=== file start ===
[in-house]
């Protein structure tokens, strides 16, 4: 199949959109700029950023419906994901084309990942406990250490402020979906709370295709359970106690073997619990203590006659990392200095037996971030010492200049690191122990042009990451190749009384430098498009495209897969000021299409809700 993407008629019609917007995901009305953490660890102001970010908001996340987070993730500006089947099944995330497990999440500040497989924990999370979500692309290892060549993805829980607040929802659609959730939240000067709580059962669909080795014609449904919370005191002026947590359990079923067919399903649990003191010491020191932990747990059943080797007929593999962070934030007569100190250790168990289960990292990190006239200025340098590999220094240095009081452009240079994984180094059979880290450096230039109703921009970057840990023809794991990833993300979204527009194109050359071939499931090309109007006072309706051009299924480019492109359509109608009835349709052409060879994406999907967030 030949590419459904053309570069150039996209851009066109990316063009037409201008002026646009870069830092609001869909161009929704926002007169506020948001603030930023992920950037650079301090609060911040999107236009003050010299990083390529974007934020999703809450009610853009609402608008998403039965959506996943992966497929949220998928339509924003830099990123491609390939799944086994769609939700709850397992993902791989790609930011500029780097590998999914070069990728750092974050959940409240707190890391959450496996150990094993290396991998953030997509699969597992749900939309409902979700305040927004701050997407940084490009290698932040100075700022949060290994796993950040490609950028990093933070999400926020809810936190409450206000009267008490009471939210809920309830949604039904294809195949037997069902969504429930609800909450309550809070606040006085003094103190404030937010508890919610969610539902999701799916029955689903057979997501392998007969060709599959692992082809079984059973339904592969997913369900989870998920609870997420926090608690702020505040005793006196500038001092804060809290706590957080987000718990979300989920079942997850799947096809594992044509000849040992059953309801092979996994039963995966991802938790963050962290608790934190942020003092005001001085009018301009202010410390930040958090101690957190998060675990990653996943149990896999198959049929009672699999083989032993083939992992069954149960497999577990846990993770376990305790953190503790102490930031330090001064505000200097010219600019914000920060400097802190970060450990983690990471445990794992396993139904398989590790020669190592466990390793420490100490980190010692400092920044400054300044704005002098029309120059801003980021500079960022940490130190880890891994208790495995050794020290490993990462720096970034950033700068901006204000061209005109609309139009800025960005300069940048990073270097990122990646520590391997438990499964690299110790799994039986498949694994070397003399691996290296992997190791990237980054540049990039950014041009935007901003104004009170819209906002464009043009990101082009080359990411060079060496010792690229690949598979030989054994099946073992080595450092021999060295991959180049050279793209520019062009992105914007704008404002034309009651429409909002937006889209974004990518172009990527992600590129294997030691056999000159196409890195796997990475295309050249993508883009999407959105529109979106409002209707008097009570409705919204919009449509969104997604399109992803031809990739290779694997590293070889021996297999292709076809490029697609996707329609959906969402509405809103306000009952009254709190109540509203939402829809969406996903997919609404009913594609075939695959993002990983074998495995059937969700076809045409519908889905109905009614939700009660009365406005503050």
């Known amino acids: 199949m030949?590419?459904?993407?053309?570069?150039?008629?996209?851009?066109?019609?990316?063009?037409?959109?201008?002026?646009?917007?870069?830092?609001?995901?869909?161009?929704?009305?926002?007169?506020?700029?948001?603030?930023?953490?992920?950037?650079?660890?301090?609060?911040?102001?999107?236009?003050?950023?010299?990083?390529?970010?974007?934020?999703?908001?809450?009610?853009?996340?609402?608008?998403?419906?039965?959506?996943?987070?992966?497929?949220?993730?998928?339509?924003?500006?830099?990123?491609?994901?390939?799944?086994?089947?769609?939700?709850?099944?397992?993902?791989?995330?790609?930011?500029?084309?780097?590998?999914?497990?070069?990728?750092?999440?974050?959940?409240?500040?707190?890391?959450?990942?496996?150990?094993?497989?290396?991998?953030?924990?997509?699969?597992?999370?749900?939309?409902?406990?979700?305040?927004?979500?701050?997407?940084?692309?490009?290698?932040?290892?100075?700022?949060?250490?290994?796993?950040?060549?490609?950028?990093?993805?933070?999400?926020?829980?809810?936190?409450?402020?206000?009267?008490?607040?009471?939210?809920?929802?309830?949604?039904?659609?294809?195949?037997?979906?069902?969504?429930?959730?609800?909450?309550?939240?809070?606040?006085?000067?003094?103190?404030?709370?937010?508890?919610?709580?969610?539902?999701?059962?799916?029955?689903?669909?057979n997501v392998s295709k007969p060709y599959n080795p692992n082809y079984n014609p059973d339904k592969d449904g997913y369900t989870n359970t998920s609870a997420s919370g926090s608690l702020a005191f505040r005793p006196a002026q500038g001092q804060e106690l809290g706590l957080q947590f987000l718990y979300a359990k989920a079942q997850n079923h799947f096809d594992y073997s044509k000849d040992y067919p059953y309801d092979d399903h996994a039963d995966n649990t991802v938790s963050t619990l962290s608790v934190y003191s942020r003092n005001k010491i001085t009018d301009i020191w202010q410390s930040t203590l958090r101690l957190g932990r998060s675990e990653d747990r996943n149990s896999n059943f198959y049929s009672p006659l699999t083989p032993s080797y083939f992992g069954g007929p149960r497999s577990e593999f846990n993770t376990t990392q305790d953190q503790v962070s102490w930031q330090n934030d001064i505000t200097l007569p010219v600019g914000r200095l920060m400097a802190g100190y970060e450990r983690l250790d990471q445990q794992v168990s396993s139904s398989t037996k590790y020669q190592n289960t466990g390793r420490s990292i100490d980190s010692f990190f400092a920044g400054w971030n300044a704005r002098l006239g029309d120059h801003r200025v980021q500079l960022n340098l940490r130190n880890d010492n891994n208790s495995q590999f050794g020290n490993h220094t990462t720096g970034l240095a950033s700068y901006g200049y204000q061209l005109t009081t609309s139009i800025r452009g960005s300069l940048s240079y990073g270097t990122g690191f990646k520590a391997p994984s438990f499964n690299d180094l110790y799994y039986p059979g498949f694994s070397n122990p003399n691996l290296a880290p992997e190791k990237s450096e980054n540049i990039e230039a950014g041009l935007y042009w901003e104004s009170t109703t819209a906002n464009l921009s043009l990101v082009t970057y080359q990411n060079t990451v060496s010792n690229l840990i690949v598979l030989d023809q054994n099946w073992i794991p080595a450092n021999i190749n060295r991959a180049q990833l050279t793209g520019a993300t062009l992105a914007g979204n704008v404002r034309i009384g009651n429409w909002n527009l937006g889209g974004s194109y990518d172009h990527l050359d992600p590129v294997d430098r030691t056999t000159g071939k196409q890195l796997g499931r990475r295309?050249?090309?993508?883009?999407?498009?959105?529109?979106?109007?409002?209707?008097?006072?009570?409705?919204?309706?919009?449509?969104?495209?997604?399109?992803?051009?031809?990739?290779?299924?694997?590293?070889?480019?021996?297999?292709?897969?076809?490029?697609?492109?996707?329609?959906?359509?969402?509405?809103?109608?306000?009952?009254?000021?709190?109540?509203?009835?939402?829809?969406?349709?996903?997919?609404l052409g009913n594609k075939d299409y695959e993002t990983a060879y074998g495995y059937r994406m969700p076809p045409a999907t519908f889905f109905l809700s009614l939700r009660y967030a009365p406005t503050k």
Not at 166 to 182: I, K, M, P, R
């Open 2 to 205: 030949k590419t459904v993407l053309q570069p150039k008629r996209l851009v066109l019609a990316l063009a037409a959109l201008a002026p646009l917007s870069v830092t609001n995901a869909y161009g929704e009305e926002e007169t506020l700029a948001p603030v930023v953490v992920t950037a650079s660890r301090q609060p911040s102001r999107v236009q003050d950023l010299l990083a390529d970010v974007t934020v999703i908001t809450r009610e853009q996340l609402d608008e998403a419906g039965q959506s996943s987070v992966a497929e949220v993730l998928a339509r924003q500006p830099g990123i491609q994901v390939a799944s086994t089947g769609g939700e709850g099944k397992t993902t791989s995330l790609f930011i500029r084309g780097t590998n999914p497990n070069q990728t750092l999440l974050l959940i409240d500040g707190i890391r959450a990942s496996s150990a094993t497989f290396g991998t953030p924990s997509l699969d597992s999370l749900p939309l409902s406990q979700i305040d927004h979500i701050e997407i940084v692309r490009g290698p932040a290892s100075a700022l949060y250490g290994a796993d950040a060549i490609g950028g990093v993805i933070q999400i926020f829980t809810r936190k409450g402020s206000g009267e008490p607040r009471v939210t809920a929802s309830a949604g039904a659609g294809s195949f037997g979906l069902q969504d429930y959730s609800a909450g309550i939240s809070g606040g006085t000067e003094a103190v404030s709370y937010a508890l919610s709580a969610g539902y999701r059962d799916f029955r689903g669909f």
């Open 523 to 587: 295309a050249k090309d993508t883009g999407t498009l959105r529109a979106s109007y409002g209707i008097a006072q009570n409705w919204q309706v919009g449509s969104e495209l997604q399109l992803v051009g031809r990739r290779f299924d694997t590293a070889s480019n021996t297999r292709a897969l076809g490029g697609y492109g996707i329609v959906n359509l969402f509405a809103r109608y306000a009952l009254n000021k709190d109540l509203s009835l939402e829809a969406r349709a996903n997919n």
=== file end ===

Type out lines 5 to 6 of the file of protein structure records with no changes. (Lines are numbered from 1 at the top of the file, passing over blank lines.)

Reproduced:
């Open 2 to 205: 030949k590419t459904v993407l053309q570069p150039k008629r996209l851009v066109l019609a990316l063009a037409a959109l201008a002026p646009l917007s870069v830092t609001n995901a869909y161009g929704e009305e926002e007169t506020l700029a948001p603030v930023v953490v992920t950037a650079s660890r301090q609060p911040s102001r999107v236009q003050d950023l010299l990083a390529d970010v974007t934020v999703i908001t809450r009610e853009q996340l609402d608008e998403a419906g039965q959506s996943s987070v992966a497929e949220v993730l998928a339509r924003q500006p830099g990123i491609q994901v390939a799944s086994t089947g769609g939700e709850g099944k397992t993902t791989s995330l790609f930011i500029r084309g780097t590998n999914p497990n070069q990728t750092l999440l974050l959940i409240d500040g707190i890391r959450a990942s496996s150990a094993t497989f290396g991998t953030p924990s997509l699969d597992s999370l749900p939309l409902s406990q979700i305040d927004h979500i701050e997407i940084v692309r490009g290698p932040a290892s100075a700022l949060y250490g290994a796993d950040a060549i490609g950028g990093v993805i933070q999400i926020f829980t809810r936190k409450g402020s206000g009267e008490p607040r009471v939210t809920a929802s309830a949604g039904a659609g294809s195949f037997g979906l069902q969504d429930y959730s609800a909450g309550i939240s809070g606040g006085t000067e003094a103190v404030s709370y937010a508890l919610s709580a969610g539902y999701r059962d799916f029955r689903g669909f």
């Open 523 to 587: 295309a050249k090309d993508t883009g999407t498009l959105r529109a979106s109007y409002g209707i008097a006072q009570n409705w919204q309706v919009g449509s969104e495209l997604q399109l992803v051009g031809r990739r290779f299924d694997t590293a070889s480019n021996t297999r292709a897969l076809g490029g697609y492109g996707i329609v959906n359509l969402f509405a809103r109608y306000a009952l009254n000021k709190d109540l509203s009835l939402e829809a969406r349709a996903n997919n």